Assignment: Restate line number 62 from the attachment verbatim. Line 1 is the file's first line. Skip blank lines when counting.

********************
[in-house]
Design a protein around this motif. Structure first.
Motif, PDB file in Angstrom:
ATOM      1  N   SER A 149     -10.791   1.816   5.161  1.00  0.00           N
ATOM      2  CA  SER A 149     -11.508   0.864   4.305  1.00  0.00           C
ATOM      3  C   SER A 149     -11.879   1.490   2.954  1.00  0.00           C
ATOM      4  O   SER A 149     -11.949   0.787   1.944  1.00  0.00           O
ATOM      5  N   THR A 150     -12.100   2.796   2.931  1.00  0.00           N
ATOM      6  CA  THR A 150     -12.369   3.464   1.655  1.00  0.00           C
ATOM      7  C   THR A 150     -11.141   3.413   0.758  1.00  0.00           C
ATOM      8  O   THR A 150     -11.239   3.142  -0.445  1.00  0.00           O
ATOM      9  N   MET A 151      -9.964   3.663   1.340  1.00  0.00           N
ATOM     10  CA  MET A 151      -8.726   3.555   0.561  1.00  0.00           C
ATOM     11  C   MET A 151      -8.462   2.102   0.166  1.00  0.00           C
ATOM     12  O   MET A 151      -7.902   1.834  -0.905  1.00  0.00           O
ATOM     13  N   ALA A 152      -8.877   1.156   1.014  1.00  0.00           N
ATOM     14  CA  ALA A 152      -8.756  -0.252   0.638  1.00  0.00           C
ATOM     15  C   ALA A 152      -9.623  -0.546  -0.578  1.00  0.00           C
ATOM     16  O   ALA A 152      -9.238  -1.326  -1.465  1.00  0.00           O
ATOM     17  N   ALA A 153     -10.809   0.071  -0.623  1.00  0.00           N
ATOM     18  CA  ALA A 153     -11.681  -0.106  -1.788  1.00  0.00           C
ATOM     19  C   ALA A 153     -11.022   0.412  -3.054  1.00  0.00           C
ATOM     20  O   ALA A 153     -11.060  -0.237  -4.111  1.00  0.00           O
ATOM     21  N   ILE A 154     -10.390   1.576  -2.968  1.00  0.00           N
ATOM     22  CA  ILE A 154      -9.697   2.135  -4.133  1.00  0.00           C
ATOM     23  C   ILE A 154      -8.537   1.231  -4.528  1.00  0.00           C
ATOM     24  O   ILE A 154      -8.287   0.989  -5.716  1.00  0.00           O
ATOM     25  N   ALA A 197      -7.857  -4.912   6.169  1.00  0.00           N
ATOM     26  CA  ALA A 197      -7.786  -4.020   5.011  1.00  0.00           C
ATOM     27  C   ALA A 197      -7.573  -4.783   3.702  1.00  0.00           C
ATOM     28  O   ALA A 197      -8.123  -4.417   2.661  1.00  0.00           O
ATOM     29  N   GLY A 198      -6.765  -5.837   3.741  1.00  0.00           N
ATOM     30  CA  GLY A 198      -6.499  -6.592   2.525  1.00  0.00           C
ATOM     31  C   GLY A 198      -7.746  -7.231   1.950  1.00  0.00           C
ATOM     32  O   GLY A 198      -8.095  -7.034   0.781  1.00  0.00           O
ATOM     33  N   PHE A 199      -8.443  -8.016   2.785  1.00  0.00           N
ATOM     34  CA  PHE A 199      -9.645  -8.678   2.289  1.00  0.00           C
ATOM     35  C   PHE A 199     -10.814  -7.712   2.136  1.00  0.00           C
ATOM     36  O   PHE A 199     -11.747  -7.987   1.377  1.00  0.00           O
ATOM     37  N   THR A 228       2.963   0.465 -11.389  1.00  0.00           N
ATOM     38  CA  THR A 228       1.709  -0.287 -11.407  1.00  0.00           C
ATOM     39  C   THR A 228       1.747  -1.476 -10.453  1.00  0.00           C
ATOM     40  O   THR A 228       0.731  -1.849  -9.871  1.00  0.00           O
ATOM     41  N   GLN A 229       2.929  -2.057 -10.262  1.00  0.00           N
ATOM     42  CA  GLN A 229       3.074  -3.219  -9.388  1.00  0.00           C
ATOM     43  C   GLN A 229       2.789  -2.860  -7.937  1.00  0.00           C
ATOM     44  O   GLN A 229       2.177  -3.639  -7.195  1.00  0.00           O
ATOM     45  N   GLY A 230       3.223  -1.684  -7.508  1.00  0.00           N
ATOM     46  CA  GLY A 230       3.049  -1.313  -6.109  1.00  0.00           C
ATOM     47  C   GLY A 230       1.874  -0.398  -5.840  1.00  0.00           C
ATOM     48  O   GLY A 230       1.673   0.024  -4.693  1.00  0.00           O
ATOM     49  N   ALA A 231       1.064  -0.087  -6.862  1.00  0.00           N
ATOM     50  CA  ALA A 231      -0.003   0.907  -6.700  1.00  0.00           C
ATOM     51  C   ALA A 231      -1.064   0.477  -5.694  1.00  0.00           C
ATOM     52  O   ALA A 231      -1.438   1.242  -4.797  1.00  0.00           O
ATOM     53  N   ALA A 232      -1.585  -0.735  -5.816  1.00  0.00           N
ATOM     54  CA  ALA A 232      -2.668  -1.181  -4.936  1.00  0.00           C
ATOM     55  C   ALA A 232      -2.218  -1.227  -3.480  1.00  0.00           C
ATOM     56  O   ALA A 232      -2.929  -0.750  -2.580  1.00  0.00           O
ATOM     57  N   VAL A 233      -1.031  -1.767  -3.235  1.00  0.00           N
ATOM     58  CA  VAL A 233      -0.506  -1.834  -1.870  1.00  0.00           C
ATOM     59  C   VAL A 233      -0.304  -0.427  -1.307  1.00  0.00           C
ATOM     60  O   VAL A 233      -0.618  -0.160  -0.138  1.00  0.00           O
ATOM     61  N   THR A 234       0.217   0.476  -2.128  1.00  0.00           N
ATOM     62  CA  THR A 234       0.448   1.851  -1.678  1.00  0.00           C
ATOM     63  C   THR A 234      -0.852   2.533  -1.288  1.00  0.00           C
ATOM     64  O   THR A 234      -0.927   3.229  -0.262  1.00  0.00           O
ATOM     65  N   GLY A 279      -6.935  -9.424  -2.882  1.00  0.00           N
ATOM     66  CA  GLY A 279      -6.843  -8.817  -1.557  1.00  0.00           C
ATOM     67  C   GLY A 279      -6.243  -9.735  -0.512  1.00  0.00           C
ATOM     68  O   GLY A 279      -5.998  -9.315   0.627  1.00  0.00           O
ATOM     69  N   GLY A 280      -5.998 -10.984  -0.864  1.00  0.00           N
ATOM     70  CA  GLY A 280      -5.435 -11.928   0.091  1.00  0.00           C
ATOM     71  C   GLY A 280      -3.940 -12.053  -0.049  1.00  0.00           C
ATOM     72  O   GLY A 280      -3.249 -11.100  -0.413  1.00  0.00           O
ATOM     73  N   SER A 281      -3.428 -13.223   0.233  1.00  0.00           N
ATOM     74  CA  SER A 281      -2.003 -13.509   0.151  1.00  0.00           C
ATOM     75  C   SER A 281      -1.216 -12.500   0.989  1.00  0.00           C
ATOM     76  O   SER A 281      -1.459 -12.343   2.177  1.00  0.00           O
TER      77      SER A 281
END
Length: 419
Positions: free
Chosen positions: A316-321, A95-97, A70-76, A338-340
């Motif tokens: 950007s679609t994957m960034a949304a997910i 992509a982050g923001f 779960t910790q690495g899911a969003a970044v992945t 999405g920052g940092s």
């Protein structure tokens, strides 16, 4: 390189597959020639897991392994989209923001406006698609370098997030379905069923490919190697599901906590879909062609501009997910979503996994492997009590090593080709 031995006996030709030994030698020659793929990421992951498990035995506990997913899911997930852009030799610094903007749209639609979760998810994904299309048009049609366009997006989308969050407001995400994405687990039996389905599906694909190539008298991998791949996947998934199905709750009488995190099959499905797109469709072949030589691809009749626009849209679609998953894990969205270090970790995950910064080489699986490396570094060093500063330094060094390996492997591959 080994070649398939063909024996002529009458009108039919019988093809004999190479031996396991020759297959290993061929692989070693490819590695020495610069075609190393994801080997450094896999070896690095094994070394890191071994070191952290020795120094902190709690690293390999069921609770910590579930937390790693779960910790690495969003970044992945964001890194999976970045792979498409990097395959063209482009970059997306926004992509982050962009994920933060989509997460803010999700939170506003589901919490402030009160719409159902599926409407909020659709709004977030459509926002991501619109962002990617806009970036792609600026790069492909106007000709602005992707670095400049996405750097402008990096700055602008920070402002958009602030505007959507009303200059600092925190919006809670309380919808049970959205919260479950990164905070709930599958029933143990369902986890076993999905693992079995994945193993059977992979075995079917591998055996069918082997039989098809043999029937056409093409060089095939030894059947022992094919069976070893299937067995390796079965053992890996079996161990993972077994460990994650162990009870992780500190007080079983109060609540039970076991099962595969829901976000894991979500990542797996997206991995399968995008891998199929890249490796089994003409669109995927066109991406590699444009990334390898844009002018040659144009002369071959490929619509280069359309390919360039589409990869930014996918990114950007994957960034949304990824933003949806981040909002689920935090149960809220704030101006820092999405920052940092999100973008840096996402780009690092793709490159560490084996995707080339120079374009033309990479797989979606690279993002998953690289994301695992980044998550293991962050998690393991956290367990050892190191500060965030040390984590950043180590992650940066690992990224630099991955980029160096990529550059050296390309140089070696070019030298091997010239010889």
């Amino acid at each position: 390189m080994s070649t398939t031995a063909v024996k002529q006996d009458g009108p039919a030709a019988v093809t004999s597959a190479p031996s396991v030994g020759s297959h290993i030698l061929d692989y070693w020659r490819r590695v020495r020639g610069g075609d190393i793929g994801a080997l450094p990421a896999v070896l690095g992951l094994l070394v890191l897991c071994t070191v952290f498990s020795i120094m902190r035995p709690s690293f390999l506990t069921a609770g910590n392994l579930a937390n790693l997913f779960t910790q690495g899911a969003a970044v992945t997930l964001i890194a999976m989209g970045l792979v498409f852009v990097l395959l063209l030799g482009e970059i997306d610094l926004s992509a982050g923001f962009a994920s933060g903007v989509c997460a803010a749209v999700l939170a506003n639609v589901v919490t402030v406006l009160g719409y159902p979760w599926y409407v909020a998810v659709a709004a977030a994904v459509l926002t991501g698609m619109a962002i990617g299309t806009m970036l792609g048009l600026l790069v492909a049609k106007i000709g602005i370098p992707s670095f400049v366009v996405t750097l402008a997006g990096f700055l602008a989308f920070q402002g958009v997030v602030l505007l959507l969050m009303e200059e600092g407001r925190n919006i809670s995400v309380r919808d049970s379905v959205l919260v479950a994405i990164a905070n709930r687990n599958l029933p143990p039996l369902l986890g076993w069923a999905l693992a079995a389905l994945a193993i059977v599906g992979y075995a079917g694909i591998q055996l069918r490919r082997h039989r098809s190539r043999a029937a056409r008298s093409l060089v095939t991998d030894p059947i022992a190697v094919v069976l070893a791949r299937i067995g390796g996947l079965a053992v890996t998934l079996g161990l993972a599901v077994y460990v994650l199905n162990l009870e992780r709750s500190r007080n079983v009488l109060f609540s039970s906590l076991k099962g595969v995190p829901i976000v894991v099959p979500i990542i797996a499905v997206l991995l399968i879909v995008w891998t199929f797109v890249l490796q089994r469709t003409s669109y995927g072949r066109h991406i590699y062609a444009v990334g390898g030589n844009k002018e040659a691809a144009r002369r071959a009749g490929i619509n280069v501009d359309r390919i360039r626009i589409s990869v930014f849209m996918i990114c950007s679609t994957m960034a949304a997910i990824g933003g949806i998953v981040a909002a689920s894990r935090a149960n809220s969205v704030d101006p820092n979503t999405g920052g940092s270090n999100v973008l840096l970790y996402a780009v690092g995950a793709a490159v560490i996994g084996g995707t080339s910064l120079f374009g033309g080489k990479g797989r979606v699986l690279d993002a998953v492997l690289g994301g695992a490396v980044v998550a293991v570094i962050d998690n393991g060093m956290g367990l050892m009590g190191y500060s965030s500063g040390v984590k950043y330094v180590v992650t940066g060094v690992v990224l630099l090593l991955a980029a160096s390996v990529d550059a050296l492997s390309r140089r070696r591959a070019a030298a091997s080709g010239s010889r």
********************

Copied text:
ATOM     59  C   VAL A 233      -0.304  -0.427  -1.307  1.00  0.00           C